Updated: Jul 5
A couple of weeks ago I got an invitation to a baby naming. The invitation said, “Please join us as we name our sweet joy providing angel”. I was thrilled for the young couple, but just a little worried about the parents' expectations.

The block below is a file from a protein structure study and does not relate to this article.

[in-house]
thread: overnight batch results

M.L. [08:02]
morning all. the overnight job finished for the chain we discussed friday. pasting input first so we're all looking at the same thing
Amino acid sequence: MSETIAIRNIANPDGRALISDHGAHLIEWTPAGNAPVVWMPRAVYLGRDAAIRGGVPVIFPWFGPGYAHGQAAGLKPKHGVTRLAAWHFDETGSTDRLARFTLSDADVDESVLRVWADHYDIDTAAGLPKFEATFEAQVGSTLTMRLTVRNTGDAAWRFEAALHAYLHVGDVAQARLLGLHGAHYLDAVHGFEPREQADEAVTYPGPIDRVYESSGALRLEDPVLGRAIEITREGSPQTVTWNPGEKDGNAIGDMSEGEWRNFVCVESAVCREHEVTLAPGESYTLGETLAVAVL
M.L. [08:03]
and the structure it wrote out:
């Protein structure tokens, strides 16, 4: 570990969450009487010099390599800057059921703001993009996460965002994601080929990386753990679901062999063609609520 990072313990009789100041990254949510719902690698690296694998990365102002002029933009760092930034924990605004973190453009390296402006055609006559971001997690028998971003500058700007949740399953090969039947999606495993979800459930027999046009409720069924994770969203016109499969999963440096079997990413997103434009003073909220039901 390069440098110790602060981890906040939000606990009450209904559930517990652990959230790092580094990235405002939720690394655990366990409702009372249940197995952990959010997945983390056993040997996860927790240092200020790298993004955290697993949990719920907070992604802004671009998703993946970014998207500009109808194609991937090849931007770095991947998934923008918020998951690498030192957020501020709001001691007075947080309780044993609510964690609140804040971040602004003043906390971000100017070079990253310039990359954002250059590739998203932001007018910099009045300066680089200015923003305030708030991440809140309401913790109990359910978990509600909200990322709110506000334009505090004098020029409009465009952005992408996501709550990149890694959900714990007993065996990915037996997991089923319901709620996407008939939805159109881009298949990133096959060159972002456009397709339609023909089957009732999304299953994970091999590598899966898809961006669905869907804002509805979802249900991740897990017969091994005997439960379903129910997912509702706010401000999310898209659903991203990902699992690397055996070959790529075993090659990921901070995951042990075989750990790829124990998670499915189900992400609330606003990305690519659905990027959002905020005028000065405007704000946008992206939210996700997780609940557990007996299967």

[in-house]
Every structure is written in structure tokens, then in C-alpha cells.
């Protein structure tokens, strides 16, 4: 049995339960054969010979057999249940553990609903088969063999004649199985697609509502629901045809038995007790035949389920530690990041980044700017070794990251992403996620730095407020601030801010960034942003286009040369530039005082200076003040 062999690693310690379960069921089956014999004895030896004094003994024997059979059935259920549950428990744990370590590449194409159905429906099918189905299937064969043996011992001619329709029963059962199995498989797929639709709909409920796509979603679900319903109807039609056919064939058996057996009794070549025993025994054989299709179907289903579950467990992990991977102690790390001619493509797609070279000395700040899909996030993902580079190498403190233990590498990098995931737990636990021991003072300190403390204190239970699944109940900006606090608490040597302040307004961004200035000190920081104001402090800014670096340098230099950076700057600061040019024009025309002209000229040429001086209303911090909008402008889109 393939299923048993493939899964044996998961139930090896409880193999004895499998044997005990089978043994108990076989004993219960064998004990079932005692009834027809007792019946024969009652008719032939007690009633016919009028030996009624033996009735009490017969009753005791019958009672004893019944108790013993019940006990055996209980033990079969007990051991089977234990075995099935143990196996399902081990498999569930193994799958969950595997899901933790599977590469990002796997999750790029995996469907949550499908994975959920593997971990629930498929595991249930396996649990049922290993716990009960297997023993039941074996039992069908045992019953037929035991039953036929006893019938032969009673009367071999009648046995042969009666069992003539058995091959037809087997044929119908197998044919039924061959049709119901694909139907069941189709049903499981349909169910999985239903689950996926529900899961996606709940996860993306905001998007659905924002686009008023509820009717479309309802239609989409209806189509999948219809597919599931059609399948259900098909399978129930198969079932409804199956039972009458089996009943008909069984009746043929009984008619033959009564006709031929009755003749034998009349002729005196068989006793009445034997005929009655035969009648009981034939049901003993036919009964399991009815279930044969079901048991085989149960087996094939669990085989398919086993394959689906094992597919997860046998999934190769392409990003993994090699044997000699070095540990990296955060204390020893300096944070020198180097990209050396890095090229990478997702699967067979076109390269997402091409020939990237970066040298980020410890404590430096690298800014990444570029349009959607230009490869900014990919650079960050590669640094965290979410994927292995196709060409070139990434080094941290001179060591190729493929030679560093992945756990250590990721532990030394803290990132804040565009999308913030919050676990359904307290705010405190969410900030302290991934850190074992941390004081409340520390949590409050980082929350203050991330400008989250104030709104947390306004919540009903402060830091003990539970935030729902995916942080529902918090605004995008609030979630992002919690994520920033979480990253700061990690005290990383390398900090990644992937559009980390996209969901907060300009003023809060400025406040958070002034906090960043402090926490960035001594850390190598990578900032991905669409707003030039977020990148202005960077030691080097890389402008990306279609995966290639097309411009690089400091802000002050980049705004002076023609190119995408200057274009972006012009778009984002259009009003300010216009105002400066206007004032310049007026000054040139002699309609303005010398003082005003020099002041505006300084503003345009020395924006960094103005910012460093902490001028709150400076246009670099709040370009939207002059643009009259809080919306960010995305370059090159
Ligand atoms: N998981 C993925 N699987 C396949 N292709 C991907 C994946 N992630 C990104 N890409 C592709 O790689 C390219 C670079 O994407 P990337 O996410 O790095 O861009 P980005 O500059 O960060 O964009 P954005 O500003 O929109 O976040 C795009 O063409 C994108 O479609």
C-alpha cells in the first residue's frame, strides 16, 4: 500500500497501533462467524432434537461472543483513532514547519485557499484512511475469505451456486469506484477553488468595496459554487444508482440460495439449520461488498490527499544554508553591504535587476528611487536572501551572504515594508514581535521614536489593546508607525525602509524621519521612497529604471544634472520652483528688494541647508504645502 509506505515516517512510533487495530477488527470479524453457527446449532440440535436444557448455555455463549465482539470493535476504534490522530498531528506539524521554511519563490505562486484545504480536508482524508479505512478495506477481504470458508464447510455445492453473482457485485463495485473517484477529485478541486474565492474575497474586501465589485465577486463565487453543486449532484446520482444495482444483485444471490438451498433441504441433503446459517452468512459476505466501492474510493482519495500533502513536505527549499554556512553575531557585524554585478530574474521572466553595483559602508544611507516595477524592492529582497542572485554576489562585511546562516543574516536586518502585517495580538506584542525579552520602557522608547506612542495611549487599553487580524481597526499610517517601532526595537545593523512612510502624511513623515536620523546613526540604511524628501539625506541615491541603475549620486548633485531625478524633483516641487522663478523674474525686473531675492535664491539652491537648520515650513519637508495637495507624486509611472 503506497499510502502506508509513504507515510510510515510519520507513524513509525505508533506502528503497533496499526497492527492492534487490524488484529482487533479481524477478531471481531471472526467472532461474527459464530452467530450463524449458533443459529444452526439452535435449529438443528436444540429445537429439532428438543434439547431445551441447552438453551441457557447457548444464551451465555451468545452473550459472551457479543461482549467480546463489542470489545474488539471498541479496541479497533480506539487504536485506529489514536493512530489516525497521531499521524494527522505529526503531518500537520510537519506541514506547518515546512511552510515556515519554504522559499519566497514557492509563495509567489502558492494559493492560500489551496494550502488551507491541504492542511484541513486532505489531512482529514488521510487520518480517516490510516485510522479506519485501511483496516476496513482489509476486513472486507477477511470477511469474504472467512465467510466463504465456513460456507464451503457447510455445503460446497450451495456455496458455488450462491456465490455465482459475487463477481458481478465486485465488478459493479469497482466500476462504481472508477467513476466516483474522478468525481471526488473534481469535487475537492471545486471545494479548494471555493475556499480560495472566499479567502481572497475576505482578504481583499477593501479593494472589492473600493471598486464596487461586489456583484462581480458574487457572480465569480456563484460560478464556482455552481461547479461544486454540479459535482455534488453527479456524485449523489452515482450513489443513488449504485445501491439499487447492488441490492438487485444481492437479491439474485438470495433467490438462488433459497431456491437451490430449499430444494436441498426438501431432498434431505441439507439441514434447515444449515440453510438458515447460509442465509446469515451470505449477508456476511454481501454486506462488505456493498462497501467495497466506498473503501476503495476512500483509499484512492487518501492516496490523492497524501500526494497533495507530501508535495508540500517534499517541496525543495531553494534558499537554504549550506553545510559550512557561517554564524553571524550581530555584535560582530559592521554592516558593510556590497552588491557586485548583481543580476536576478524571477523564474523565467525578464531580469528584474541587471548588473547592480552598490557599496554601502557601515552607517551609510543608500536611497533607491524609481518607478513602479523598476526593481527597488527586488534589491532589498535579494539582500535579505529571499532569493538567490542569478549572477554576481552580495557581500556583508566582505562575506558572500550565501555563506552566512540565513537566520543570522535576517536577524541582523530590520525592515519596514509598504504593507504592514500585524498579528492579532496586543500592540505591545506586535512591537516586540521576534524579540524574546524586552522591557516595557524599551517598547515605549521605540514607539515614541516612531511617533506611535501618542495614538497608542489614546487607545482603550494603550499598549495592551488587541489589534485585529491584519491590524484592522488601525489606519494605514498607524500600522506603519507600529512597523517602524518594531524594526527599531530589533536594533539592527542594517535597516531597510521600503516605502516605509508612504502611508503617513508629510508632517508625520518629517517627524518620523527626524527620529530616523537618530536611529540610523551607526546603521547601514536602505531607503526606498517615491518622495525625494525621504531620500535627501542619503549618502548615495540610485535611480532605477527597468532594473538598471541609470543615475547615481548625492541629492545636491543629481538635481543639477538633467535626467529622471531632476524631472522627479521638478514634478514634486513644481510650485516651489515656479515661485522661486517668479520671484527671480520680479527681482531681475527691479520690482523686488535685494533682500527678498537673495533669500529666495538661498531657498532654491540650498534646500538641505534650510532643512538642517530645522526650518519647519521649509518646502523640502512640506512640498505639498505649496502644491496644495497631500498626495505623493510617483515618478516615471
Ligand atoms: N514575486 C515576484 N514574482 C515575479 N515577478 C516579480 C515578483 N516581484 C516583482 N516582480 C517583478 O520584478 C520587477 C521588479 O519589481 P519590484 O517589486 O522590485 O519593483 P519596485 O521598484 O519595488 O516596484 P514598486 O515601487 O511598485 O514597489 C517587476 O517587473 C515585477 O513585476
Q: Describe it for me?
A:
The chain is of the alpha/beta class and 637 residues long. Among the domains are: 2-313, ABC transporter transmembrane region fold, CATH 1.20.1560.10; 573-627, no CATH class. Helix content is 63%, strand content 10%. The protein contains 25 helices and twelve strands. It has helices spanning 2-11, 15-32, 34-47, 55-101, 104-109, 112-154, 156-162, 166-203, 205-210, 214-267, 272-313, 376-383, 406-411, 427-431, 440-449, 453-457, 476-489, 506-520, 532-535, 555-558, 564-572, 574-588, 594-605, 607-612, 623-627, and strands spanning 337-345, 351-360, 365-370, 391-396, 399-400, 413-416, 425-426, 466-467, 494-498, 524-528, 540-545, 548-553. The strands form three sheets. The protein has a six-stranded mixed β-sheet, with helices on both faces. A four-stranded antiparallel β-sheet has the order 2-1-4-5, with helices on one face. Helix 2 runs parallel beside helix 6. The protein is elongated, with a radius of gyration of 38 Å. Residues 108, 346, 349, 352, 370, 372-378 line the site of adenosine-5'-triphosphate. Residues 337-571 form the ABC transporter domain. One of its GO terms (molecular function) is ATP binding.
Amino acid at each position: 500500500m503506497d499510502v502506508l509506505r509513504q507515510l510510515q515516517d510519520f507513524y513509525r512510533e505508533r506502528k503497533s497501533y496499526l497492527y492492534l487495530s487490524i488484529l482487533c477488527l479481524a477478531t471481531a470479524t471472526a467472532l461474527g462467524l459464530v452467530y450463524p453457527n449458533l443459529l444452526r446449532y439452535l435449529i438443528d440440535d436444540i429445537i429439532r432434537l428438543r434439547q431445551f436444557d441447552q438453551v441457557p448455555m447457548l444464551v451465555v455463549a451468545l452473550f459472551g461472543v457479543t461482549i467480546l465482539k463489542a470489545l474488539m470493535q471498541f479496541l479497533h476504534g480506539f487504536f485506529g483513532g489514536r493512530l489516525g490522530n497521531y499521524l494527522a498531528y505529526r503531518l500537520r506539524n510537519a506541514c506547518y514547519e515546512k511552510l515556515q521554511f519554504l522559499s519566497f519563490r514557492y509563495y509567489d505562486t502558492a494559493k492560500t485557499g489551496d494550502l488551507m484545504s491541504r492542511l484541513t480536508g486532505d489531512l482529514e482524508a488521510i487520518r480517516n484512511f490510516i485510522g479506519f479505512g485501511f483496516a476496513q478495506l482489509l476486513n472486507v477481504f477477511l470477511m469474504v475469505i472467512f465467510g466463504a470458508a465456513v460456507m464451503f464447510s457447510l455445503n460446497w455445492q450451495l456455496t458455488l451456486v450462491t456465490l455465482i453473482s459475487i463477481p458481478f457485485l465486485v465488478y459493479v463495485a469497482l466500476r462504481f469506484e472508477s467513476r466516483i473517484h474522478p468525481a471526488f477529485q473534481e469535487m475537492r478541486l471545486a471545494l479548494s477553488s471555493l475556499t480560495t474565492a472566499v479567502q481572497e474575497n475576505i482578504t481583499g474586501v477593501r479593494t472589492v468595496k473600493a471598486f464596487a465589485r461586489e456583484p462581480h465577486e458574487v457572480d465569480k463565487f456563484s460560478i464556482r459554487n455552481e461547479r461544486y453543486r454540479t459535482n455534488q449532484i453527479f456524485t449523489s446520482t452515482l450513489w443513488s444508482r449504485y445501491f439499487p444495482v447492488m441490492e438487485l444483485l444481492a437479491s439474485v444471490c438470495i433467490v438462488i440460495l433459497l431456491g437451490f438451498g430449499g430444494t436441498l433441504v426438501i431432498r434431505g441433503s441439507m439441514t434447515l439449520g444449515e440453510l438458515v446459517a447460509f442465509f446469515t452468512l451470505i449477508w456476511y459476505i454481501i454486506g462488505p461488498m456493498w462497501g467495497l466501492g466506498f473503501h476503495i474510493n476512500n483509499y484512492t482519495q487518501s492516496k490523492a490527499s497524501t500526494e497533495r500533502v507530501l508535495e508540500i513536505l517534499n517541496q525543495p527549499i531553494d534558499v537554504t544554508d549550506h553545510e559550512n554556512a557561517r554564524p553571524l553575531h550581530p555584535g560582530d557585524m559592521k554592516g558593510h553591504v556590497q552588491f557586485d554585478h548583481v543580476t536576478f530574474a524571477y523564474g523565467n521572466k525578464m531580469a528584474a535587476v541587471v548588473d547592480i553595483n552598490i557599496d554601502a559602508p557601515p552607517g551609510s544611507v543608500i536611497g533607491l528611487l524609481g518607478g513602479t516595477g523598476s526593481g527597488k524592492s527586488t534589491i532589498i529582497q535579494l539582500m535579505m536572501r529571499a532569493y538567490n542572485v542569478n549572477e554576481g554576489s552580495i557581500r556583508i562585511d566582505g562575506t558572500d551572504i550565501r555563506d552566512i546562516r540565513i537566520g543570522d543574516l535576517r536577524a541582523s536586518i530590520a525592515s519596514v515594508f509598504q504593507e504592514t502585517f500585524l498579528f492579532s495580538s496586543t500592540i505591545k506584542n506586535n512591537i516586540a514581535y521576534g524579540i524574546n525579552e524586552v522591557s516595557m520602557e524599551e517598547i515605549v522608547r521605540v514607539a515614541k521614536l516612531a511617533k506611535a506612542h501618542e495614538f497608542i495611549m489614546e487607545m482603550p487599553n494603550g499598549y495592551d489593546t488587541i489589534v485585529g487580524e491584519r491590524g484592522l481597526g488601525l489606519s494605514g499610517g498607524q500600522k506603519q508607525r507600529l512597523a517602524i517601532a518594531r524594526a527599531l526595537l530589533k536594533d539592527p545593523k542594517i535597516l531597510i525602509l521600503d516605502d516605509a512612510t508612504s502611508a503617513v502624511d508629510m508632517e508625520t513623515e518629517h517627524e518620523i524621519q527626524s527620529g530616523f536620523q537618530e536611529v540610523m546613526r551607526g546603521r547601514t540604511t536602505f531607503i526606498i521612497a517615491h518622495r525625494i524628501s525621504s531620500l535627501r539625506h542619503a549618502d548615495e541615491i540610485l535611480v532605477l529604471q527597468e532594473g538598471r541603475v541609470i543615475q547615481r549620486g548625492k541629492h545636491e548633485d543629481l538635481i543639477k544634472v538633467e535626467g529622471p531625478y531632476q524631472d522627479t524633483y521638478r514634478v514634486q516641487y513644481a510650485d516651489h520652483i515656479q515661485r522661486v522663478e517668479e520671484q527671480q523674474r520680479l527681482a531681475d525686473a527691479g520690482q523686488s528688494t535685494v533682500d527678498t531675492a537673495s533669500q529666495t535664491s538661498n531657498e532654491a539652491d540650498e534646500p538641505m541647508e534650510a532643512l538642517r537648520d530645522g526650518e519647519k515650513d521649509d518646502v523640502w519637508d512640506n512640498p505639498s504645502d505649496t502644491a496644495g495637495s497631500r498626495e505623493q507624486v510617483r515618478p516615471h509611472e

Here’s the million-dollar question. Why do we choose to become parents? To feel joy? To produce angels? Let’s consider for a moment that little joy provider has another agenda. He may decide to be difficult sometimes, make a mess often, embarrass his parents in public. Kids are very young people who have little life experience, poor manners, even worse hygiene, lots of charm and explosive potential. Kids do not show up to give us joy. So, what’s the point? Are we mad? Consider the process for a moment. The baby shows up totally dependent. That forces us parents to leave our comfort zone and bond completely with this pure being. The relationship gets launched immediately. The ‘terrible twos’ really rev us up for the teen years lurking round the corner. If we are paying attention, we start to gain some skills like selflessness, self-control, reasoning, perseverance, self discipline, negotiating within pain and rejection maturely. We sign up for the long haul, we are fully responsible, there are no exit signs. In sort, raising our children is not about fun, pride and joy (although there are many glimpses of these throughout), it is about encountering meaning for the first time, engaging in a selfless process of very demanding work, loaded with challenge and sacrifice, and bonding fully with another. The joy emerges within us through the tiny and huge achievements along the way. OK, now we know why we signed up. What do they get out of this arrangement? We frequently hear that our job as parents is to help our kids be happy and build their self-esteem. Sounds nice, but as it turns out, this advice is a trap. The subtext is ‘keep your child happy by fulfilling his desires and shield him from pain and discomfort’. We are told to go easy on discipline and never let our little ones fail. Wait! How can that be? If our complex journey of raising them leads us toward meaning and joy, how can coddling and fixing lead them in the same direction? As adults, when we reflect on our most joyful and life changing moments, were they not ALL rewards for our hard work and commitment? This reminds me of the enormous final project my daughter was assigned as a high school art major. Since she was a duel major, she decided that the project was causing too much pressure, and after three years of art class she was going to drop the major. No way! I said lovingly. We spent many long hours planning. There was some crying, anger and unfun hard work on her part. And then the project was complete, and it was beautiful. What a magnificent achievement. The glow on my daughter’s face as she presented her project proudly at the exhibition is burned in my memory. I asked her how she felt. She said, “I have never been so happy!”. Did I make her happy? Nope! I may have even caused her considerable discomfort. If my goal was an instant happy experience, or even shielding her from failure, I would never have pushed her to persevere. It would have thrilled her in the moment to drop art. But then she would have missed the entire process of tapping into her wellspring of creativity, pushing herself to work hard, experiencing the deep joy of her own personal success, and learning responsibility by completing the course. Discipline for ADHD kids is challenging, and challenge brings growth. Happiness and a strong self-esteem come from within, we can’t infuse it by proxy. By choosing the challenging route, my daughter found happiness, I was simply her guide. Here is an excellent video on this topic by DrTwersky. I think most of us understand the achievement process when raising a ‘normative’ child. What happens when Mr. touch everything, bother siblings, impossible to discipline shows up? He is also sweet and sensitive, but we’re not feeling the joy! We’re feeling exhausted and have no clue how to proceed. We punish, make all sorts of empty threats and bribe him to get moving with promises of exciting activities to follow all chores. We hear from all around, treat him sensitively, accommodate, don’t expect too much. Gentle whispers say keep this kid happy, he's different, he's got ADHD. Why do we buy this story? In this series we will examine the many causes of ADHD behavior. The first few essays examine the “instant gratification” personality and how to discipline ADHD child.